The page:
Last night, news of the ‘stock market boom’ spread fast and hard. As the markets closed, strong rises were evident all over the world, in China, the UK and the US. Oil prices soared, reaching their highest level this year, and the Pound regained some lost ground on the Euro and the Dollar.
US car giant, General Motors, may have entered bankruptcy protection yesterday, but all is not lost for UK manufacturing. The Purchasing Managers’ Index (PMI) shows that, although manufacturing is still shrinking a shrinking sector, the market contracted much less this May than any other month this year.
Although a manufacturing PMI below 50 still indicates contraction, the index in May was 45.4, up from 43.1 in April. And the improvement in May is not completely anomalous, but goes with a trend of augmentation seen in the two consecutive months preceding it.
“Although the index remains below levels consistent with outright recovery, this is a further sign that the downturn in UK manufacturing is easing” – Rob Dobson, senior economist at Markit, which produces the PMI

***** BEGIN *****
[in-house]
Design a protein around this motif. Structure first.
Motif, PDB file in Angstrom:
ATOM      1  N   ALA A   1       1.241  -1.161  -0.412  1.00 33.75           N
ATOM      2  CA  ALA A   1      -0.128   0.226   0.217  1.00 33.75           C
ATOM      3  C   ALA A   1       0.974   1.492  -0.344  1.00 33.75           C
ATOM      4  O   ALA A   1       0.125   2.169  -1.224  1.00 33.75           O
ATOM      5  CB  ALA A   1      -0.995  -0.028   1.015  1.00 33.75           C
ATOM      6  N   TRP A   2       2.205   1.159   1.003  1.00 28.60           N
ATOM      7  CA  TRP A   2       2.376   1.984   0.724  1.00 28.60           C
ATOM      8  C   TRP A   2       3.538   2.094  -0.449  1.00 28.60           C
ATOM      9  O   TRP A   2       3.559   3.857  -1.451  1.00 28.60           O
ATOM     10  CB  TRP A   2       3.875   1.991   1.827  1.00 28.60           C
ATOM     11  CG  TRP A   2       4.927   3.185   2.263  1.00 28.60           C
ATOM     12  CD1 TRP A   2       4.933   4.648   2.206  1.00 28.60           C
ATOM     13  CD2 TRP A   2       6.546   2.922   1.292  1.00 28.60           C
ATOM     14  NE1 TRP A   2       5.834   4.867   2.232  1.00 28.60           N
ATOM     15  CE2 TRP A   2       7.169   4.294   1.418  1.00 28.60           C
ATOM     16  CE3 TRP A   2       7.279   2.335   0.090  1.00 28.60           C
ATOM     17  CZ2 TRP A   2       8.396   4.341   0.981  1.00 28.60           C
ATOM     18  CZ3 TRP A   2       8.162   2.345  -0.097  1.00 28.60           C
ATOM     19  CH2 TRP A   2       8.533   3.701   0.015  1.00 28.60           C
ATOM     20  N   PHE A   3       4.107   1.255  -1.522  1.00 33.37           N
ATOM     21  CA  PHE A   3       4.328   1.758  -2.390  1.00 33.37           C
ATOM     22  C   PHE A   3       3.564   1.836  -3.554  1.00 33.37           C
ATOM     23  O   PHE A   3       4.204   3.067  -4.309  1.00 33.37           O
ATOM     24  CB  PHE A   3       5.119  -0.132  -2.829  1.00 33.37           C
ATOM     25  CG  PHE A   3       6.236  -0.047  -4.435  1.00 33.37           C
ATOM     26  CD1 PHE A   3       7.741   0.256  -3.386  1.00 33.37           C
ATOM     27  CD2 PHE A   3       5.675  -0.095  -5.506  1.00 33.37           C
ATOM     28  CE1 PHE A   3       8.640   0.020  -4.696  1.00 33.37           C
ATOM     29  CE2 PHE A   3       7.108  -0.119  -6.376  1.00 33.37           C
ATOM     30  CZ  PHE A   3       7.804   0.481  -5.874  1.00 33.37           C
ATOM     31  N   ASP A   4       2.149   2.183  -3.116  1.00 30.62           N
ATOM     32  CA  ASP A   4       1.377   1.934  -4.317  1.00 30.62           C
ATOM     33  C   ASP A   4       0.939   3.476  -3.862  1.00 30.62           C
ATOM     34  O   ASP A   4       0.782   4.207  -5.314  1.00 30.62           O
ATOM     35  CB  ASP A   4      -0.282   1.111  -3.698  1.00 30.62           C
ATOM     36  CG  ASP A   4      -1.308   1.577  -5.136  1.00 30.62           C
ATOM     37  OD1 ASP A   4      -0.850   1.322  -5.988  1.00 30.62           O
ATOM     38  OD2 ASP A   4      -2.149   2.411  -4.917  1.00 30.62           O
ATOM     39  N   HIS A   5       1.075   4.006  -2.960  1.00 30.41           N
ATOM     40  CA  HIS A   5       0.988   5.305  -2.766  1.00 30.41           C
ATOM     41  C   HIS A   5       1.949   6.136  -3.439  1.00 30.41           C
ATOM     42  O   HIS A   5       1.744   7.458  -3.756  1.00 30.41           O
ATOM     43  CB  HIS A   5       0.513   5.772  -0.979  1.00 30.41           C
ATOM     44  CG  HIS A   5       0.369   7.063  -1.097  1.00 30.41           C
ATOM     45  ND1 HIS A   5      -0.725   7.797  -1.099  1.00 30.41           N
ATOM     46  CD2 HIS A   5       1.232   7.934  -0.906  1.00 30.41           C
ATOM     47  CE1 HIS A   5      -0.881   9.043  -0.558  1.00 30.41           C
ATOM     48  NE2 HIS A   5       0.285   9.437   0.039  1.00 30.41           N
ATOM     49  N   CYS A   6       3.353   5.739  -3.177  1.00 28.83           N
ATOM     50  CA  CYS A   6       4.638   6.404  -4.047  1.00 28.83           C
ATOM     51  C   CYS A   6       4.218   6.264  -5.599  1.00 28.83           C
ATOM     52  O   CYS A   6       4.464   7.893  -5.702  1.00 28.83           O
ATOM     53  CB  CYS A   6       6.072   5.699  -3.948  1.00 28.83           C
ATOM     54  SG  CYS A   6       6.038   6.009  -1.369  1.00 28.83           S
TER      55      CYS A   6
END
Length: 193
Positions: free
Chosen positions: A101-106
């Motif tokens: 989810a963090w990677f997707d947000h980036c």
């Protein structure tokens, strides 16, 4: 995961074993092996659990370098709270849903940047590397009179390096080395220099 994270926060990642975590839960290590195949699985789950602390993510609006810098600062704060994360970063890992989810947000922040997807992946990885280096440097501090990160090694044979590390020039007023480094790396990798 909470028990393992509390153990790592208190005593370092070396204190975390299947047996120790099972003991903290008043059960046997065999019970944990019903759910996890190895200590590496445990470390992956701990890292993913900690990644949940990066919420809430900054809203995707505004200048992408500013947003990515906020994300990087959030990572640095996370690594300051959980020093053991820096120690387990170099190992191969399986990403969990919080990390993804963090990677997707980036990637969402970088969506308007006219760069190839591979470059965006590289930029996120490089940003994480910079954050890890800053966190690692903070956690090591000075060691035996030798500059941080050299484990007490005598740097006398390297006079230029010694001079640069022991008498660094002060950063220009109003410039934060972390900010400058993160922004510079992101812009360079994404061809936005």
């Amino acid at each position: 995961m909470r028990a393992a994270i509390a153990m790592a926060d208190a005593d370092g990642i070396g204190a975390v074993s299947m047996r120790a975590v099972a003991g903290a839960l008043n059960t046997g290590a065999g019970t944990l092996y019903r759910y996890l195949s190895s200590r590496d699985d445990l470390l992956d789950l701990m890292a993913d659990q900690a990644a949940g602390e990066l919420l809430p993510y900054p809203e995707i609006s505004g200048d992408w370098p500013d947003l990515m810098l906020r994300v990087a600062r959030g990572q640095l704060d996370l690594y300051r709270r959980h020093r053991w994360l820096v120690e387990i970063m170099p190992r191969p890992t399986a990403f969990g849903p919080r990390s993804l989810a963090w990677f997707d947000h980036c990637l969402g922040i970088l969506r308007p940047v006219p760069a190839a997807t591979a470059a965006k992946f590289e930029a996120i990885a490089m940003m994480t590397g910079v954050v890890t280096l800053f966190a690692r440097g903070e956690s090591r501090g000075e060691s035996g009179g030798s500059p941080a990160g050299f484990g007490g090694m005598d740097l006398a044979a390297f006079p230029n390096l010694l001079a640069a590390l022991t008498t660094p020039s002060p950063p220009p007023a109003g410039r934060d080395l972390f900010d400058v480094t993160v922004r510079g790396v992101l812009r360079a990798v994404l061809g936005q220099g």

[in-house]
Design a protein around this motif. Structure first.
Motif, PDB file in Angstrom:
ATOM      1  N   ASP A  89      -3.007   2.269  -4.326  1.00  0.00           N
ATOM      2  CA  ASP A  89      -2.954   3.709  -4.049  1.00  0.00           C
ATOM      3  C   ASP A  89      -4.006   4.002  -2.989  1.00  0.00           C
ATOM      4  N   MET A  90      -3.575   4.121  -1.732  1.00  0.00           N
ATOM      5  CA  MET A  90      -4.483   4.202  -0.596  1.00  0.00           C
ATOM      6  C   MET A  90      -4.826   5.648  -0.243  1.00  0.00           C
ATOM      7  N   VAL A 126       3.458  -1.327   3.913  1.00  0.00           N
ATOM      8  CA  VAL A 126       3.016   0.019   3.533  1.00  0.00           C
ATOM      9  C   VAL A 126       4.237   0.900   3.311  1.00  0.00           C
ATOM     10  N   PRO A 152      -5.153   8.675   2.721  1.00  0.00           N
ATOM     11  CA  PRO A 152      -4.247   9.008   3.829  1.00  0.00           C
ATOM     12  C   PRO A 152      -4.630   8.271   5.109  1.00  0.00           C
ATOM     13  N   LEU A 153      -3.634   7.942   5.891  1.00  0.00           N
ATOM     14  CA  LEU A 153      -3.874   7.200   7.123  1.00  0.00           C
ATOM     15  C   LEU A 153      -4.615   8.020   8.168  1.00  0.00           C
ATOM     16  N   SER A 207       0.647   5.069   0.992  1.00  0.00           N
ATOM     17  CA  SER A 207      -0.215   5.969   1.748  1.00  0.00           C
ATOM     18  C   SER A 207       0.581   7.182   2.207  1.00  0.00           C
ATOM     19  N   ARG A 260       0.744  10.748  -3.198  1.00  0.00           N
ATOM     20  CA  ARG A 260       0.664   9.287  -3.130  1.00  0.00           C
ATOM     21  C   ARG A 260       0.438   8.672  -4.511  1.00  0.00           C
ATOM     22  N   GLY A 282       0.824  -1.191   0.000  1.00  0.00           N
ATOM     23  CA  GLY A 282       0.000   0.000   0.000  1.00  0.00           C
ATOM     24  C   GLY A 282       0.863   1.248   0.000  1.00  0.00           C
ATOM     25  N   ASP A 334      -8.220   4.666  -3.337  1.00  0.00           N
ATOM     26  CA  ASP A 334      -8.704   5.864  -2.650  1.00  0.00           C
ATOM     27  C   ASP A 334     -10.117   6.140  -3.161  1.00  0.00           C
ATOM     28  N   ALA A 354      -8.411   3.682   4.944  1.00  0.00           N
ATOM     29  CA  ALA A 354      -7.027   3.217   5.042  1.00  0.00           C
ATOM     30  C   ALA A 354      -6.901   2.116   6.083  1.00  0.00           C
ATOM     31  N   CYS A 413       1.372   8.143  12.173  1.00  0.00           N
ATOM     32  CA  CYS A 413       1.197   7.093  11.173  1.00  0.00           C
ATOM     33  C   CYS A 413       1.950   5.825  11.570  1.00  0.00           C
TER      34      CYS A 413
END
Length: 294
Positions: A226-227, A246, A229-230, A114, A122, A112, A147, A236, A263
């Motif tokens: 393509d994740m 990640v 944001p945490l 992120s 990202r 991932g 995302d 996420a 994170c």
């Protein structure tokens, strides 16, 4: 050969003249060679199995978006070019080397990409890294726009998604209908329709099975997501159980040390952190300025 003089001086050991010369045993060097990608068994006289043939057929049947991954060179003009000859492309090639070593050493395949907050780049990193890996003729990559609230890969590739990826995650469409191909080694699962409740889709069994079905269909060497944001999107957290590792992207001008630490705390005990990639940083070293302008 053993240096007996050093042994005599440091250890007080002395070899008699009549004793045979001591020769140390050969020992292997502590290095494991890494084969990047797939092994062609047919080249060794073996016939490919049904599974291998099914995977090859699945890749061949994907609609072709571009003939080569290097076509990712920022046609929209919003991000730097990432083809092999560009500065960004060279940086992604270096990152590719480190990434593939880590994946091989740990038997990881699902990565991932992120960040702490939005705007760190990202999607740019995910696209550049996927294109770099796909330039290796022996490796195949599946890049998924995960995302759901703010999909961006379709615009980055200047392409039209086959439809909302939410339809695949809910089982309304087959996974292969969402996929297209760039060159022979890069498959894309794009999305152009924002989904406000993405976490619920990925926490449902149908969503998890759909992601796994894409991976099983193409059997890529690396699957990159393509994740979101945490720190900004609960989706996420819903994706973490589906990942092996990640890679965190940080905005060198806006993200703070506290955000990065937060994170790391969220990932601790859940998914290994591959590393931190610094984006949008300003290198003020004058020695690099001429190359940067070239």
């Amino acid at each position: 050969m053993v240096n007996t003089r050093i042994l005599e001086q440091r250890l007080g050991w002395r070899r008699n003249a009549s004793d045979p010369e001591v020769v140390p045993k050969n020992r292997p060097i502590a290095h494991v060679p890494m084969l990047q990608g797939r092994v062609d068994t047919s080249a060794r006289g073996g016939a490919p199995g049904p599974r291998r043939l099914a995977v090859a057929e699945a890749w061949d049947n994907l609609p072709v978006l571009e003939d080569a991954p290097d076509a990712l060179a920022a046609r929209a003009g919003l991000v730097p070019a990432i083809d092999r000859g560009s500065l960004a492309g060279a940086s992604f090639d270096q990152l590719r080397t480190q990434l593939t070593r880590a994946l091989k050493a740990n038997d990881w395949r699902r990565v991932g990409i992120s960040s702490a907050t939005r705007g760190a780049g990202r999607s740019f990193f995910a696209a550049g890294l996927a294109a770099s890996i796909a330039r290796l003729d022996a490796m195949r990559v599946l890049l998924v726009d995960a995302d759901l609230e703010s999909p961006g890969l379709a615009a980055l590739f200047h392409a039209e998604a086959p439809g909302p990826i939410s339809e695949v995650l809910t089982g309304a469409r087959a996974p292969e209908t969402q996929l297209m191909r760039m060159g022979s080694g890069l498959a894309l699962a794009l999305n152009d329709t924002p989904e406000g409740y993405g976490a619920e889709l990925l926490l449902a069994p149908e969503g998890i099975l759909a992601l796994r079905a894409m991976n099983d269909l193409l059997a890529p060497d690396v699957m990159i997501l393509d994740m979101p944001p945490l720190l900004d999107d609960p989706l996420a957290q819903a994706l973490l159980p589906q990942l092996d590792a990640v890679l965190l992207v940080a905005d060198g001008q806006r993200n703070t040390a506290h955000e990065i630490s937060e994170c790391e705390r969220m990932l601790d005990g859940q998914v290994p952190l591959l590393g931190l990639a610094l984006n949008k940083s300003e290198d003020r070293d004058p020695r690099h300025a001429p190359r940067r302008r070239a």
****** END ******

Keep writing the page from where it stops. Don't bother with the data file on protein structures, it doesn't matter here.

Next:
Another study, by the Engineering Employers Federation, suggests that UK manufacturing growth could even return by the end of 2009
Sterling rises as Dollar continues to fall.
The pound rose to $1.644, a stark improvement on $1.37 in March and its highest in seven months. The Euro also rose against the Dollar, which reached its fifth month of decline. For those of you planning a holiday to the continent this summer, your pound is now worth €1.16.
In a BBC article, Kim Caughey, equity research analyst at Fort Pitt capital Group, was more cynical about the supposed boom and said “I can’t really buy into today’s super-happy stock market’. However, with yesterday’s FTSE up by 2% and the Dow Jones, by 2.6%, no one can argue that the figures don’t look positive.